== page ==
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Rawls, I: What Rawls rejects

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  1. Rawls, I:What Rawls rejects PHIL 2345

  2. Utilitarianism: Bentham, Mill • ‘Greatest good of greatest number’. • ‘Good’ defined as ‘pleasure’; vs pain • What is ‘pleasure’? • personal versus collective varieties • My own pleasure = pleasure of all? • How is this to be calculated? • Criticised for its emphasis on quantification, calculation

  3. Bentham’s happiness principle • Jeremy Bentham (1748-1832 ) did not distinguish among pleasures • A simple child’s game might give more pleasure than an opera or play • So should society devote more resources to children’s games than to theatre or opera. • But how to quantify pleasure? • opinion surveys? • other ways?

  4. Greatest Happiness Principle • Happiness should be “the directive rule of human conduct”: • “actions are right in proportion as they tend to promote happiness, • wrong as they tend to produce the reverse of happiness”. • Happiness = pleasure, absence of pain • Unhappiness = pain, absence of pleasure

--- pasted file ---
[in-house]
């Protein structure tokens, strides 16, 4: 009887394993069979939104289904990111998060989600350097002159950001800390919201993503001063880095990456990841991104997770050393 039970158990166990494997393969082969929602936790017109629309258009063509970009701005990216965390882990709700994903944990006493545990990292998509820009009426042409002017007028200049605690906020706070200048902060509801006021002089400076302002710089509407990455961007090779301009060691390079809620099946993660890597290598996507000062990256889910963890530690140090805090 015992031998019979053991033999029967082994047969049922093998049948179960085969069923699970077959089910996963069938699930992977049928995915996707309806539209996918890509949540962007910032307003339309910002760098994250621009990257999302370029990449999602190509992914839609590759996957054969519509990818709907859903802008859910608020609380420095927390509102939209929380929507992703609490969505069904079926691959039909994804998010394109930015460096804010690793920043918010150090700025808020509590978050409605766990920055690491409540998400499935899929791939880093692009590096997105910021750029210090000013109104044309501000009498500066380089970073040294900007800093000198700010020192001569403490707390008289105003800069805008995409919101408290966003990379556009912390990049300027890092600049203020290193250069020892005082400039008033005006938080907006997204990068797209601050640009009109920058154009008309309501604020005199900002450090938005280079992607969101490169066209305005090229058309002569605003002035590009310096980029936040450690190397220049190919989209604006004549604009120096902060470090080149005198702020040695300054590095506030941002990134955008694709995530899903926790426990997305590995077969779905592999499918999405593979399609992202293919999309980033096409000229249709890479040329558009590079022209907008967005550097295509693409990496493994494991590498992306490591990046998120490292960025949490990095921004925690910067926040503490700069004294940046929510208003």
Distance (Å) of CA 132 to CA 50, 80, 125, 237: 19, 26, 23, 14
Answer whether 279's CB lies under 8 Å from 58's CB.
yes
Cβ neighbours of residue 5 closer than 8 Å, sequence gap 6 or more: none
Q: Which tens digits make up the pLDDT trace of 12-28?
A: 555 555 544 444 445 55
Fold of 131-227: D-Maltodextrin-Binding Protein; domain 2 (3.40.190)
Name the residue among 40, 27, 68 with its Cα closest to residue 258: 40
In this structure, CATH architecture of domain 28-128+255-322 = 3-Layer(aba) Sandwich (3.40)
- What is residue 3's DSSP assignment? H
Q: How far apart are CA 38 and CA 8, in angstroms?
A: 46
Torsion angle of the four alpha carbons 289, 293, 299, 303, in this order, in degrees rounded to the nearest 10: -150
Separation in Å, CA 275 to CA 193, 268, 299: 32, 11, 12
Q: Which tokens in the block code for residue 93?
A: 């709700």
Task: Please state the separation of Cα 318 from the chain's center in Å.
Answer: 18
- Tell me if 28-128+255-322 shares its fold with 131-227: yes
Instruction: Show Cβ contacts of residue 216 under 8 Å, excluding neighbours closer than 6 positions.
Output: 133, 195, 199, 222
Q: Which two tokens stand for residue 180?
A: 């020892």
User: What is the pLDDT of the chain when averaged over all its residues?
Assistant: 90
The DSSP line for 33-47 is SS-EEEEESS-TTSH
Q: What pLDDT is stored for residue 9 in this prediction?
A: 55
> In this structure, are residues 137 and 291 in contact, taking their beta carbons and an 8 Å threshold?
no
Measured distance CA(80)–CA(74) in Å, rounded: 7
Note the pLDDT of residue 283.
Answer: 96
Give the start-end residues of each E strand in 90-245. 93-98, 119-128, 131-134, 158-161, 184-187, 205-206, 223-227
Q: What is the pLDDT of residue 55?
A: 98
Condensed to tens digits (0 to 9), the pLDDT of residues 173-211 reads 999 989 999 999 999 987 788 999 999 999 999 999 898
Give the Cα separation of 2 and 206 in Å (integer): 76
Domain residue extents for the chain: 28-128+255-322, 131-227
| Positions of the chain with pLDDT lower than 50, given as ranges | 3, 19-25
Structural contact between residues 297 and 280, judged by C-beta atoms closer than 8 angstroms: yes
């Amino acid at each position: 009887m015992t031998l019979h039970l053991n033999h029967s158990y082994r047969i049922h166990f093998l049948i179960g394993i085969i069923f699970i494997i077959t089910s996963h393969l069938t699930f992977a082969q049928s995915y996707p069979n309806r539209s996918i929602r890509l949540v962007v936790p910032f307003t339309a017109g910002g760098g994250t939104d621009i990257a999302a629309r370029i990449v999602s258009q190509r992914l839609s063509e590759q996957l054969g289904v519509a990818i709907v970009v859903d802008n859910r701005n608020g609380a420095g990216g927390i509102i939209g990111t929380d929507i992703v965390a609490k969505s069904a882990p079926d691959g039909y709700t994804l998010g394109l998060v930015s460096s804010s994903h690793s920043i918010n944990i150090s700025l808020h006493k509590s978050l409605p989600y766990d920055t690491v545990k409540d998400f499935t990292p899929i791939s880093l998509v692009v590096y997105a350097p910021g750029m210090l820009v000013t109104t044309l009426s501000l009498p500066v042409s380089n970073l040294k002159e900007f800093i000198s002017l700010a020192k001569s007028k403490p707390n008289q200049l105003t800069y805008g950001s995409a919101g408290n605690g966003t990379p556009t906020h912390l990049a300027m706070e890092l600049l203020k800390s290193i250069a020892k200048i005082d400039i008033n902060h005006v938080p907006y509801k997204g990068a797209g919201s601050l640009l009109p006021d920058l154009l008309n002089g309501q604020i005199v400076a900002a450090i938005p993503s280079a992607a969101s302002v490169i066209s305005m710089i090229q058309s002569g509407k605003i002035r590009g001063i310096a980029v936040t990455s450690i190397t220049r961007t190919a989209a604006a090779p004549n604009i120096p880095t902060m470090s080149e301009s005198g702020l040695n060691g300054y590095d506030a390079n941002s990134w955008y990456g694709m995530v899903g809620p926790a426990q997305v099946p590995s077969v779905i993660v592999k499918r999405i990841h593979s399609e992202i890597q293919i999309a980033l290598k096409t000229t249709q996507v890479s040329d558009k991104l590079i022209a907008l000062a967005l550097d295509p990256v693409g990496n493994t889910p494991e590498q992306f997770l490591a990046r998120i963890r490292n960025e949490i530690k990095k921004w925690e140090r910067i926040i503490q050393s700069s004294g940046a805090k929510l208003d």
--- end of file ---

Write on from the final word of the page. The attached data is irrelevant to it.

5. Utilitarianism, cont. • Consequentialist: • morality of an action is judged by its consequences, not by intentions of the doer; • Pleasures can include: • The agreeable • The beautiful • Doing good deeds • ‘Higher’ pleasures (Mill) • Utilitarianism does not = hedonism: • concern with sensual pleasures of the body.


  6. Lower vs higher pleasures • Mill has a hierarchy of pleasures: • Does this sound familiar? (It should!) • Lower pleasures are the familiar “appetites” of the ancient Greeks • “a beast’s pleasures do not satisfy a human being’s conception of happiness” (258); • Anyone can experience these; • Higher pleasures are those resulting from use of the “higher faculties” (259).